What to observe:
Currently standing strong in the northern hemisphere sky, the Perseus constellation is named for the hero in Greek mythology that slew Medusa. Occupying an area of 615 square degrees, the constellation is visible in latitudes ranging from 90° North to 35° South and is famous for being the radiant point for the prolific Perseids meteor shower that peaks each year in mid-August. One of the most notable stars in the constellation is Algol, which is also known as the Demon Star. This famous star, which actually is a three-star system, is the first eclipsing binary star to be discovered. Observations of the stars that make up Algol eventually led to some major shake-ups in stellar evolution theory. Other sights to behold in Perseus are the Alpha Persei Cluster, which contains the constellation’s brightest star - the supergiant Mirfak (aka Alpha Persei); The Double Cluster, which is a pair of open clusters with a combined apparent magnitude of 4.3 that can be seen with the naked eye; and the Little Dumbell Nebula, a planetary nebula that is one of the most difficult objects to observe in the Messier catalogue.
Comet C/2014 Q2 Lovejoy
Although amazing celestial treasures fill our skies every night, it is a particularly special treat to have the chance to observe a bright comet mingling among the masses of stars. Over the next couple of weeks, Comet C/2014 Q2 Lovejoy will be putting on quite a show as it zips through the Taurus, Aries and Triangulum constellations on its journey toward perihelion on January 30th. Currently at 4th magnitude, this brilliant icy beauty can be easily seen with binoculars or small telescopes and may be visible to the naked eye for those with extremely dark skies. Although it made its closest approach to Earth on January 7th, the comet is becoming even easier to see as it moves away partly because the Moon has reached its new phase, which translates to darker viewing conditions. Discovered by established comet hunter Terry Lovejoy on August 17th, 2014, while he was observing in Australia, this comet has a very long orbital period and is not expected back in our celestial neighborhood for another 8,000 years. Although it has been in southern skies for months, the comet is now gracing Northern Hemisphere viewers with its brightest display. It is best viewed in the early evening (around 8 p.m. local time). For detailed information on locating Comet Lovejoy, visit
What to remember:
January 20 - Buzz Aldrin’s Birthday
On January 20th, Buzz Aldrin, the famed American astronaut who was the second person to step foot on the Moon, will celebrate his 85th birthday. Selected in 1963 by NASA to join its third group of astronauts, Aldrin’s first journey into space occurred on the Gemini 12 mission in November 1966. During this mission, he set a new record for extravehicular activity (EVA) when he spent more than five total hours working outside the spacecraft over the course of three spacewalks. Although this was a heady achievement, his most famous accomplishment occurred during the awe-inspiring Apollo 11 mission. During this mission, Aldrin served as the lunar module pilot for the first manned lunar landing. and became the second person to step foot on the Moon right after his mission partner Neil Armstrong on July 21, 1969. Prior to his career with NASA, Aldrin served in the Air Force as a fighter pilot during the Korean War and earned a doctorate in astronautics from MIT. He remains an active proponent of space exploration with a particular emphasis on a manned mission to Mars.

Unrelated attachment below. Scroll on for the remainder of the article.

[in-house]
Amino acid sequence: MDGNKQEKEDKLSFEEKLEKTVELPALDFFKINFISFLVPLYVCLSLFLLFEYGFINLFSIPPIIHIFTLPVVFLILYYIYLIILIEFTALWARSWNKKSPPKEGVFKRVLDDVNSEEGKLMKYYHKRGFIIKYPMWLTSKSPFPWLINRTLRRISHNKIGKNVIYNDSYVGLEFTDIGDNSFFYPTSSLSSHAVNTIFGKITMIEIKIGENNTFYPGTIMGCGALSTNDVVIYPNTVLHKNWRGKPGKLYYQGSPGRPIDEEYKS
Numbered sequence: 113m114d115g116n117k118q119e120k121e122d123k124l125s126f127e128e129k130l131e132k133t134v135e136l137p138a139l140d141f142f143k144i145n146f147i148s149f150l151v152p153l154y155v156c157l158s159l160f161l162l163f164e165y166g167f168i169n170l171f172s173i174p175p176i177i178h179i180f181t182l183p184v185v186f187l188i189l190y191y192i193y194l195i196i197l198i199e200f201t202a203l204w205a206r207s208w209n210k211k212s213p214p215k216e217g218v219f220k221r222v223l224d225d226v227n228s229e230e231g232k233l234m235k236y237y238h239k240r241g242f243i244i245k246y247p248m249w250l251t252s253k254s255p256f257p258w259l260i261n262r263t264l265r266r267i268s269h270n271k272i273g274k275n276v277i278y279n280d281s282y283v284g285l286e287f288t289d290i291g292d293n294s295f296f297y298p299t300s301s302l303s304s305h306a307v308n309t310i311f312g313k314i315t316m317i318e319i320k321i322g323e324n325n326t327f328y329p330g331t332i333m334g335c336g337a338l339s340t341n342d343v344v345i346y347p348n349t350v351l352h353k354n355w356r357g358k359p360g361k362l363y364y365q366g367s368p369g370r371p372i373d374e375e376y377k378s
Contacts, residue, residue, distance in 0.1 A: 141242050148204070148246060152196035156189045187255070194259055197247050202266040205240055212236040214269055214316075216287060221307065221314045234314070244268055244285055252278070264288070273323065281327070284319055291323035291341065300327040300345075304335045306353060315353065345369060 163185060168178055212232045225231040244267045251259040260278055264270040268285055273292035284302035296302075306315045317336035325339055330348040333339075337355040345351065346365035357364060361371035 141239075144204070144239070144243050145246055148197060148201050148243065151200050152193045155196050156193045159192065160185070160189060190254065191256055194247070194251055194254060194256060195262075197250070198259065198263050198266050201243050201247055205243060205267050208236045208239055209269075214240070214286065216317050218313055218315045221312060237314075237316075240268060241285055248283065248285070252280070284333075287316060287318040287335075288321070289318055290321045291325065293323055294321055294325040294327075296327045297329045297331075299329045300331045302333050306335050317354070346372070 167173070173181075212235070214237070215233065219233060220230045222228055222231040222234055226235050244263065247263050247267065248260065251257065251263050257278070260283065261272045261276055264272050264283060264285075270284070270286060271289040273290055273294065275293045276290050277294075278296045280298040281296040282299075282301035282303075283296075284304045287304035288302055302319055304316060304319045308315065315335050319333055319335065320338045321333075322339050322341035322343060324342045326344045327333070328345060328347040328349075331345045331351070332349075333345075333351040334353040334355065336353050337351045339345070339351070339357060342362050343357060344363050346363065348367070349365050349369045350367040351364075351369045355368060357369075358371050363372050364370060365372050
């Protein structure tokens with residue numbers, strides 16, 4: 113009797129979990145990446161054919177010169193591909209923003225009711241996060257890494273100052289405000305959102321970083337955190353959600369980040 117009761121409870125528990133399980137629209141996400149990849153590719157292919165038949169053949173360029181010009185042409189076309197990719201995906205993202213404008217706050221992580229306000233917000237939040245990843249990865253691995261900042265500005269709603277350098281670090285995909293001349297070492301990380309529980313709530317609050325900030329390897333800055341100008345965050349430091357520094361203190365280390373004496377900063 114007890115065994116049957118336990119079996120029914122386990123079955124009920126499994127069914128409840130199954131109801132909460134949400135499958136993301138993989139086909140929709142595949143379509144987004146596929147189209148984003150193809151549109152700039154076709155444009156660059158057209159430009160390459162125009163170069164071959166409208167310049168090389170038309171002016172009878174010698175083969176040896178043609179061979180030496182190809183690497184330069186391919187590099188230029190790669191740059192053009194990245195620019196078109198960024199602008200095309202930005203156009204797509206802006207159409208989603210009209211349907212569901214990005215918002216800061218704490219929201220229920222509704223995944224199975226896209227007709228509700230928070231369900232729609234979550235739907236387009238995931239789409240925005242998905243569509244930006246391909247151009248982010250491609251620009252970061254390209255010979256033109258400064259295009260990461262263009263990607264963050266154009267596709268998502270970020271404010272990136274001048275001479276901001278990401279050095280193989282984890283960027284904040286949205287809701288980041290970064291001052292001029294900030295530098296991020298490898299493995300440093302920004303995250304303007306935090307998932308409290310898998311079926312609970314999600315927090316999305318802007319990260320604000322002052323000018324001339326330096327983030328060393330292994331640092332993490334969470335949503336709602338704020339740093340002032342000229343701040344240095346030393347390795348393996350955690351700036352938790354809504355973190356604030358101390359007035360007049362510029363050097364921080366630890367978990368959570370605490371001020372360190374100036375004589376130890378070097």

January 22 – 5th Anniversary of First Live Tweet From Space
“Hello Twitterverse! We r now LIVE tweeting from the International Space Station-the 1st live tweet from Space! :) More soon, send your ?s.” At 0200 GMT on January 22, 2010, NASA astronaut T.J. Creamer brought social media to the final frontier when he tweeted this celebratory message from aboard the International Space Station. Prior to sending the tweet, Creamer had been working to solve connection problems with the station’s onboard network. When he finally got it up and running the others on the ISS were sleeping, so he shared his excitement with the “Twitterverse” instead. Until Creamer’s achievement, tweets from space had actually been emailed to those in ground control, who then posted the messages to Twitter pages on the astronauts’ behalf. The first tweet sent from space this way was by NASA astronaut Mike Massimino on May 12, 2009. His tweet read, “From orbit: Launch was awesome!! I am feeling great, working hard, & enjoying the magnificent views, the adventure of a lifetime has begun!” Although Creamer’s tweets are Earth-bound these days, he continues to post his insights under the username @Astro_TJ. Twitter users might also want to check out @NASA_Astronauts to follow other space explorers.